To travel with a dog to your awaited trip can be loads of fun if you make all the right arrangements. However, poor planning can really ruin the fun for you, your family and especially your little buddy.
Whether you decide to bring your furry companion through road or sky, you need to plan and do your homework on dog travel. Before starting, train your pup with some basics so he will be well-behaved and can make the experience less stressful and a lot of fun. Then, plan transportation, accommodations, and daily activities.
Where to travel
Every time you plan for a trip, keep in mind that not all climates are suitable for your dog. Although dogs are highly adaptable, every breed has its own ideal climate conditions. While summer is the most preferred time for travel, hot weather is something that should be considered before if you wish to travel with a dog. If your dog is flat-faced or has a thick coat, you might consider heading towards cooler destinations. It is also important to keep your dog’s personality in mind. Just like us humans, some dogs are ‘Home birds’ so as to speak.
Health and Safety
- Health checks. Take your dog to the vet for a checkup before going on the trip. All his vaccinations and shots should be up to date. Health certificates and medical records are required for airline travel.
- To retain your dog’s health during the trip, bring along a supply of his regular food. Don’t forget bottled water and any medications he needs.
- Be prepared for an emergency. Find the number of the nearest 24-hour veterinary emergency hospital at your destination and save it into your phone.
A crate is an excellent way to keep your dog safe in the car and is always required for airline travel. It also keeps your pet from getting into trouble in a hotel or at your host’s home. Crates are available in different shapes and sizes from most pet supply stores. Look for these when purchasing:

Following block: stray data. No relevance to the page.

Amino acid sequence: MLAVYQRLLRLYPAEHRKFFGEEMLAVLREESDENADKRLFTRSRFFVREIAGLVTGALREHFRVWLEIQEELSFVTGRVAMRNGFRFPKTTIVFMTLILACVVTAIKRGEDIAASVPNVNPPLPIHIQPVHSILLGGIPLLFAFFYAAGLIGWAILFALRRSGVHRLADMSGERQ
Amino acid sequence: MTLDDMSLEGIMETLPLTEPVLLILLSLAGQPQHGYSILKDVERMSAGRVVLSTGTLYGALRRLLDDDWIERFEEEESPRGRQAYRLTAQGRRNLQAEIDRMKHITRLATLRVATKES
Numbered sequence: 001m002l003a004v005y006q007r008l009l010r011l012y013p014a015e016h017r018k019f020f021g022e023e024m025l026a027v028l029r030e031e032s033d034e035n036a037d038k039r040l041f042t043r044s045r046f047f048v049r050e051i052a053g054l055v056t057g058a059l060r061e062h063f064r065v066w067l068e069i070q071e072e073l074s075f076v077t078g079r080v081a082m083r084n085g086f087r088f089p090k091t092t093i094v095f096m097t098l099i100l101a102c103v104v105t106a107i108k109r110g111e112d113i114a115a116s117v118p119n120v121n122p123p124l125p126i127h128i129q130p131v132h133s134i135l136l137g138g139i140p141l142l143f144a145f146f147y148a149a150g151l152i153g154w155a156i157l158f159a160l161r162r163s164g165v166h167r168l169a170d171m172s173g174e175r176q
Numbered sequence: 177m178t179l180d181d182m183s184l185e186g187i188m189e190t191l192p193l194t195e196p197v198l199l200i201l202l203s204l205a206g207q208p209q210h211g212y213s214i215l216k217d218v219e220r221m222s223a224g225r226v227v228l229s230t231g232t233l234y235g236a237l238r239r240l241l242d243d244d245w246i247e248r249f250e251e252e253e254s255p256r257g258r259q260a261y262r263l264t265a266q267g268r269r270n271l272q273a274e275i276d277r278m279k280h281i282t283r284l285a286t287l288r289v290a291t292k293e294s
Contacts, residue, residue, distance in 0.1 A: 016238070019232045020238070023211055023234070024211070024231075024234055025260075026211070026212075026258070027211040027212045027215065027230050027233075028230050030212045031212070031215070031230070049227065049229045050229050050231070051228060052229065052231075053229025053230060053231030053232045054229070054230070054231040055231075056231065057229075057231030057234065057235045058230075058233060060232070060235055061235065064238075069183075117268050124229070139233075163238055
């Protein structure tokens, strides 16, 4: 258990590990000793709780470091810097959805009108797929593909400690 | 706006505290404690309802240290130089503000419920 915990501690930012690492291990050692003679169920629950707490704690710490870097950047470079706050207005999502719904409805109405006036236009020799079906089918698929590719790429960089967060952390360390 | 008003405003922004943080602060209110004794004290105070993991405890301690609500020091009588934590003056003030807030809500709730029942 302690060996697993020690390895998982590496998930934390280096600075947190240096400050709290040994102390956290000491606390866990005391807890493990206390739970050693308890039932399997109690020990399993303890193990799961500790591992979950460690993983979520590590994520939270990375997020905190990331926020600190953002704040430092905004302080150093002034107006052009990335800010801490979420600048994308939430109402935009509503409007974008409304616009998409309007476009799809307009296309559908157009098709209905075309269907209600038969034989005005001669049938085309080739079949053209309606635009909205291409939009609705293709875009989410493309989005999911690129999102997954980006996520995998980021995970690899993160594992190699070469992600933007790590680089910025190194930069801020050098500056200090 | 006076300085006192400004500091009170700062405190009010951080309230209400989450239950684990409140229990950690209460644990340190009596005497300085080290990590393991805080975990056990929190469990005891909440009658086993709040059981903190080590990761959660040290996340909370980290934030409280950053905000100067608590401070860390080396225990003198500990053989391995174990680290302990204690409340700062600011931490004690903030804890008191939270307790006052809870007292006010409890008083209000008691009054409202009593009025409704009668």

- Large enough to allow your pooch to stand, turn and lie down.
- Strong, with handles and grips.
- Leakproof bottom covered with absorbent material.
- Ventilations on both sides, with exterior rims or knobs to block external airflow.
- “Live Animal” label with the owner’s name, address, and phone number.
- Make sure your pooch has a sturdy leash and collar. The collar should have id tags with the dog’s name, your name, and your phone number.
- A permanent form of identification, such as a microchip is more preferable.
- Always keep a recent picture of your dog along with you, as well as a copy of his health records.
Travel by Air
Traveling by air with your pup may not sound a great idea. Though we pet parents don’t think of our precious pooches as cargo or baggage, they are usually considered such by the airlines. The cargo hold may not be an ideal environment, even for relaxed dogs. Some airlines will allow you to bring your little companion with you in a carrier if he can fit under the seat in front of you. To make sure your dog is not stressed, always book a flight with the least hours and least amount of layovers. It may cost you a bit more, but if there’s a flight straight to your destination, go for it.
A health certificate of your pooch must be provided to the airline along with rabies and vaccinations certificates.
If you are traveling with a companion, consider having one person reach for the dog immediately after the plane lands while the other collects luggage and arranges for a ride from the airport. Learn the finer details and policies of the airline for your dog before you book a flight.
Travel by Car
This is usually considered the best and safest way to travel with a dog. If you own a vehicle, and your dog has been in it for trips to the vet or parks, chances are that he’ll be comfortable traveling by car. The more positive your dog’s car experiences are, the more likely you both will enjoy the ride. Here are some important points should be kept in mind for your next car trip:
Dogs shouldn’t roam in the car
The safest way for your dog to travel in a car is in a crate that has been anchored to the vehicle using a seat belt or other secure means. Canine restraints or safety belts are useful for keeping your pooch from meandering around the car and being an interruption to the driver.
Leave the front seat for humans
Always keep your pooch in the back seat of the car. If in any case, an airbag deploys while your pet is in the front seat (even in the crate), it might injure your pet.
Keep those heads inside!